The University of Kent (formerly the University of Kent at Canterbury, abbreviated as Cantuar. for post-nominals) is a public research university based in Kent, United Kingdom. It was founded in 1965 and is regarded as one of the UK's "plate glass universities". The University of Kent's main site is a rural campus near Canterbury situated within 300 acres of park land, which houses over 4,300 students. The university has additional UK sites in Medway and Tonbridge, and postgraduate centres in Brussels and Paris. In the 2008 Research Assessment Exercise the University of Kent was placed 24th out of 118 participating institutions in terms of the best, or 4*, research in a ranking produced by Times Higher Education. The University of Kent is ranked amongst the top 25 institutions in the United Kingdom at 23rd place. According to The Daily Telegraph, in 2010 just under 30,000 students applied to the University of Kent through UCAS and just 5,242 were accepted - a 17.5% success rate. The average UCAS points offer given for 2009/10 was 328 or ABB-AAB. Kent is a member of the Santander Group of European universities encouraging social and economic development.
Supplemental feeding for endangered avian species
New research from conservationists at the University of Kent has revealed that supplemental feeding can help the recovery of endangered avian populations despite exacerbating the effects of infectious disease.
Modern logging techniques benefit rainforest wildlife
New research has highlighted the value of a modern logging technique for maintaining biodiversity in tropical forests that are used for timber production.
Early human ancestors used their hands like modern humans
New research suggests pre-Homo human ancestral species, such as Australopithecus africanus, used human-like hand postures much earlier than was previously thought.
Chickens and turkeys 'closer to dinosaur ancestors' than other birds
New research from the University of Kent suggests that chickens and turkeys have experienced fewer gross genomic changes than other birds as they evolved from their dinosaur ancestor.
Biodiversity offsets need a national strategy to succeed
In a paper published by PLOS ONE, researchers concluded that a national strategy must be implemented in order to compensate for environmental damage caused by development projects in Africa.
New method to motivate students to reduce energy consumption
Research from the University of Kent has found energy consumption can be reduced significantly by students if they can see the amount of energy they are using in real-time and are motivated by their peers to save energy.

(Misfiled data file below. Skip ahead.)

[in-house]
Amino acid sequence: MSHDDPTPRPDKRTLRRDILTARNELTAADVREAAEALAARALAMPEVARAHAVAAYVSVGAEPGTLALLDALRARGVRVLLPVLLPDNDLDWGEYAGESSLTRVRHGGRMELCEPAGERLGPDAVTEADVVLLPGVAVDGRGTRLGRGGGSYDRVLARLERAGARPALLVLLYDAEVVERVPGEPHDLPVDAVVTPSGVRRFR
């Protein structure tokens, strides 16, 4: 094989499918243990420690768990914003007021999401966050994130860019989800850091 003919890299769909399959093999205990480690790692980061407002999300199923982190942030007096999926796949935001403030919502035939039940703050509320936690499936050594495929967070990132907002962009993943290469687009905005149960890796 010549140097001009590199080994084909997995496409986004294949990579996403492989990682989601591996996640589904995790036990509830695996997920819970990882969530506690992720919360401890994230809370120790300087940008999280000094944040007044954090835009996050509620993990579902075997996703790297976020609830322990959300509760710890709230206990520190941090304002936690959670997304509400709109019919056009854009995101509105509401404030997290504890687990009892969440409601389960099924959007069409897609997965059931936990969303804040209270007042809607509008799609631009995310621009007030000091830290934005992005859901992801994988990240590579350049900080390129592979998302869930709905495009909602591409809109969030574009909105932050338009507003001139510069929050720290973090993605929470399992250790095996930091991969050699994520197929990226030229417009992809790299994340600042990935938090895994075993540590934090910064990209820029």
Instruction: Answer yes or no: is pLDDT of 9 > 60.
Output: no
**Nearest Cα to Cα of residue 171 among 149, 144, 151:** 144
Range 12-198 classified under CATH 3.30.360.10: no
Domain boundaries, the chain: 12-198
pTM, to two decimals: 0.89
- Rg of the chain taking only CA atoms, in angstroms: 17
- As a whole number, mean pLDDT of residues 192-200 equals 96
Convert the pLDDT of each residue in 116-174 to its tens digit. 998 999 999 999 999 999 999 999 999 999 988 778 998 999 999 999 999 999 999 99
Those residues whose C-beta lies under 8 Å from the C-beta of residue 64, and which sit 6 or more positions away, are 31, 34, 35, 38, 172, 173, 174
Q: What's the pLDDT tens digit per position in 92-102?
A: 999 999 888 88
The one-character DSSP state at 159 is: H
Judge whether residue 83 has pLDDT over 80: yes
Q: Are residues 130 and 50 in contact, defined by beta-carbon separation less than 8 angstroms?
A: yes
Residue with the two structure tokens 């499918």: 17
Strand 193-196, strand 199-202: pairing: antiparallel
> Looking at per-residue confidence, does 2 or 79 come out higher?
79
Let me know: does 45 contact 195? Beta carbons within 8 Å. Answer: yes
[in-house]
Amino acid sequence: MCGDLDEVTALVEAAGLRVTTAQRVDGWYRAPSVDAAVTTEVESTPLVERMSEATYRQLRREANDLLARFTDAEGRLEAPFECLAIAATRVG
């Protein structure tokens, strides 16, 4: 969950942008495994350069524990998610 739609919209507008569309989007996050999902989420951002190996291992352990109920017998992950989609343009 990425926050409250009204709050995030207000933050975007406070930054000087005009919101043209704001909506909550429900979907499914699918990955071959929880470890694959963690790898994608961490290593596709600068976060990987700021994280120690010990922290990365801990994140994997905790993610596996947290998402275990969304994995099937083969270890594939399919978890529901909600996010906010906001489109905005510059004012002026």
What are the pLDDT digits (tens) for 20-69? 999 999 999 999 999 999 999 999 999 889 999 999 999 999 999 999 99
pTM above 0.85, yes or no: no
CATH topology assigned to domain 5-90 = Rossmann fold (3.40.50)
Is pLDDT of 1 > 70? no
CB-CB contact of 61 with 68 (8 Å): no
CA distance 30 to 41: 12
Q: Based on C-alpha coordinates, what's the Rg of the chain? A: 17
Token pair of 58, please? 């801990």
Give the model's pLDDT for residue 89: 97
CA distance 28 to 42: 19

Non-dominant hand vital to the evolution of the thumb
New research from biological anthropologists at the University of Kent has shown that the use of the non-dominant hand was likely to have played a vital role in the evolution of modern human hand morphology.
Research finds numerous unknown jets from young stars and planetary nebulae
For many years astronomers have known that young 'protostars' drive supersonic jets of gas from their north and south poles. However, this is the first time that so many of them have been detected at once.
Researchers uncover secrets of internal cell fine-tuning
New research from scientists at the University of Kent has shown for the first time how the structures inside cells are regulated – a breakthrough that could have a major impact on cancer therapy development.
Ransoms paid by two of every five victims of CryptoLocker
New research from the University of Kent has revealed that around 40% of people who fall victim to an advanced form of malware, known as CryptoLocker, have agreed to pay a ransom of around £300 to recover their files.
Researchers aim to understand impacts of invasive parrots
A new research network which aims to understand the problems caused by parrots that have invaded cities has been launched by the University of Kent's Durrell Institute of Conservation and Ecology (DICE).
Researchers identify new way to control stone fruit disease
(Phys.org) —Researchers at the University and East Malling Research have identified a new way of controlling a fungal disease that can have a devastating impact on the UK's valuable cherry and plum crops.
Communities prepared to be resettled for sake of conserving tigers
Research from the University of Kent has revealed that people in the western Terai Arc Landscape, India, are prepared to relocate their homes and families to help conserve tigers.
The social and political impact of an everyday utopia
New research by Professor Davina Cooper from the University of Kent presents an argument for the political value of everyday utopias - a term developed to capture the way different kinds of organisations, ...
Enforcement and anti-poaching measures set to fail
In a paper published in Conservation Letters, researchers from the University of Kent's Durrell Institute of Conservation and Ecology (DICE) argue that despite record levels of funding being invested in enforcement and an ...